It has been interesting to see, for the first time in decades, some apparent genuine competition between the dinosaur carriers.

While some airlines have chosen to quietly do as little as possible in response to the virus problems, one airline in particular has been a shining example of all that is excellent.  Delta.

In the latest Delta news, it has promised to keep middle seats empty through the rest of this year and until 6 January 2021.  In addition, and probably in response to Southwest’s surprising statement last week that it was cutting back on cabin cleaning between flights, Delta has said it is almost doubling the cleaning staff it assigns to cabin cleaning between flights.

Details here.

They’ve also been putting their money where their mouth is and enforcing their requirement for mask wearing.  This article tells how they’ve now banned almost 250 people from future flying due to their refusal to wear a mask.

One thing’s for sure.  If in an unfortunate situation I must fly any time soon, Delta will definitely be my first choice of airline.

737 MAX Getting Tested “the Hard Way”

One of the distinctive things about Boeing’s efforts to get its 737 MAX recertified is that other countries’ equivalents of the FAA are insisting on doing their own evaluation prior to issuing their own certifications.  In the past, they’ve generally accepted and rubber-stamped the FAA approval.

This more active role is largely a charade and a public display of their “independence”, and, behind the scenes, signaling their annoyance at the apparent Boeing/FAA collusion that caused the plane to be certified in the first place when it probably should not have been.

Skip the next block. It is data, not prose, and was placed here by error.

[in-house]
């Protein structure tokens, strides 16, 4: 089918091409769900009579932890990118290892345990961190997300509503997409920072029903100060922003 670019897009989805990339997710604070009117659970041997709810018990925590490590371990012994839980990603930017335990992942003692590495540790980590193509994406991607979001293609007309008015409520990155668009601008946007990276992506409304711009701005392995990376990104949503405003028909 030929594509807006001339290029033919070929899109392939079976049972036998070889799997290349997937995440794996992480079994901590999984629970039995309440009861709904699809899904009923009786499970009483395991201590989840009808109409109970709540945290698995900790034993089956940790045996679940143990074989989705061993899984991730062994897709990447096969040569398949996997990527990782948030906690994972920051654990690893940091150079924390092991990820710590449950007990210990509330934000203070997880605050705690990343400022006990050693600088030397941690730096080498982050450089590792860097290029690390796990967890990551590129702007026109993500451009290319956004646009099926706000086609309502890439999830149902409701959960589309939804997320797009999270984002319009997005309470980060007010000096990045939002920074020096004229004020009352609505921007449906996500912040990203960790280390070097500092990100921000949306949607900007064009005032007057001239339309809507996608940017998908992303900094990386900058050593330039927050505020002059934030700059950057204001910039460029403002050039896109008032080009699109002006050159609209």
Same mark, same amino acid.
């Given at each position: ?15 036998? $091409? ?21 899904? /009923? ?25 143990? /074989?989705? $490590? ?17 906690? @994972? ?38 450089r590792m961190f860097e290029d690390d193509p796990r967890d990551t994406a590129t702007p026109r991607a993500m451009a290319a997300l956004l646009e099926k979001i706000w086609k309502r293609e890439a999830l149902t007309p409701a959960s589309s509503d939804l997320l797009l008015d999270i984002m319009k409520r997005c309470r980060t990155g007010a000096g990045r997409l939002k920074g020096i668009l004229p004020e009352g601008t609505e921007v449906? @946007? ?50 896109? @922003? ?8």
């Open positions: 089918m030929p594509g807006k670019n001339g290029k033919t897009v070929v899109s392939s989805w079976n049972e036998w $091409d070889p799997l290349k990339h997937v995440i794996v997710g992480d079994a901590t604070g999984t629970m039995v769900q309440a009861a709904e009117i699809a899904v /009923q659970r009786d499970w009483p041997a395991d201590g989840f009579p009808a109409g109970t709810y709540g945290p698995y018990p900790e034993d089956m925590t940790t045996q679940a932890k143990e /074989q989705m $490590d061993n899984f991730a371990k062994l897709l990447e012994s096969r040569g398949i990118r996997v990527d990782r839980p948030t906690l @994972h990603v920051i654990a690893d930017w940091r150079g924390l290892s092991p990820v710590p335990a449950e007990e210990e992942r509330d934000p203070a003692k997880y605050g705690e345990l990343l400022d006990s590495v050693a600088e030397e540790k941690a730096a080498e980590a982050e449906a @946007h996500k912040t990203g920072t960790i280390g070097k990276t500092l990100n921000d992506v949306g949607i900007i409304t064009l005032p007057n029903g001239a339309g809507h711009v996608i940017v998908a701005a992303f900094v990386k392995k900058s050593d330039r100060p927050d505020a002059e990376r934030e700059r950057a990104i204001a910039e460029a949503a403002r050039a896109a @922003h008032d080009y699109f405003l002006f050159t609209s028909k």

Unfortunately, the US is not allowing Canadian or European regulators to enter the country in order to inspect and test the 737 MAX, due to concerns over the coronavirus.  This is a beyond-ridiculous situation at present, with the US having many times a greater rate of virus cases than either Canada or Europe, but since when has common sense had a major role in government policy-making.  To be fair, many other countries, on a reciprocal basis, and with more underlying cause, are not allowing Americans into their countries.

So how to get regulators and a 737 MAX together?

Boeing has managed to get agreement for one of its planes to hop across the border into Canada, where foreign officials can then board it.  The plane will then fly a certification flight, mainly in US airspace, before landing the officials back in Canada and then quickly flying back to the US itself.  Details here and subsequently, here.

Oh – if you can puzzle out how Canada simultaneously lets people from Europe into the country, and also has a much lower virus case rate than the US, perhaps you could share that with our public health officials.

Boeing Goes Penny-wise, Pound-foolish, Again

Talking about the 737 MAX, the “real” underlying problems with that plane program are two-fold.

First, it did nothing for too long, while Airbus was planning and developing a successor to their A320 series planes.  Boeing’s equivalent generation of 737 NG planes were getting increasingly long in the tooth – everyone knew that, but Boeing was applying the “cash cow” concept to the plane, getting as much profit out of the model series while not putting sufficient back in the form of R&D for the increasingly needed successor.

Second, Boeing continued to dither after Airbus announced its new A320neo series of planes, and then eventually, chose the cheapest quickest option, with the unfortunate outcome being the rushed to market 737 MAX, a plane that even if perfectly designed never seemed to sell as well as the A320neo series.

Boeing’s problem?  It somehow, sometime, switched from being a technology driven company to becoming a profit-driven company.  In the “good old days” the company invested what was necessary to make excellent leading edge products, which in turn, almost as a happy coincidence, then generated great profits.  Nowadays, Boeing’s first mission seems to be to maximize profits, and only to spend money where directly necessary.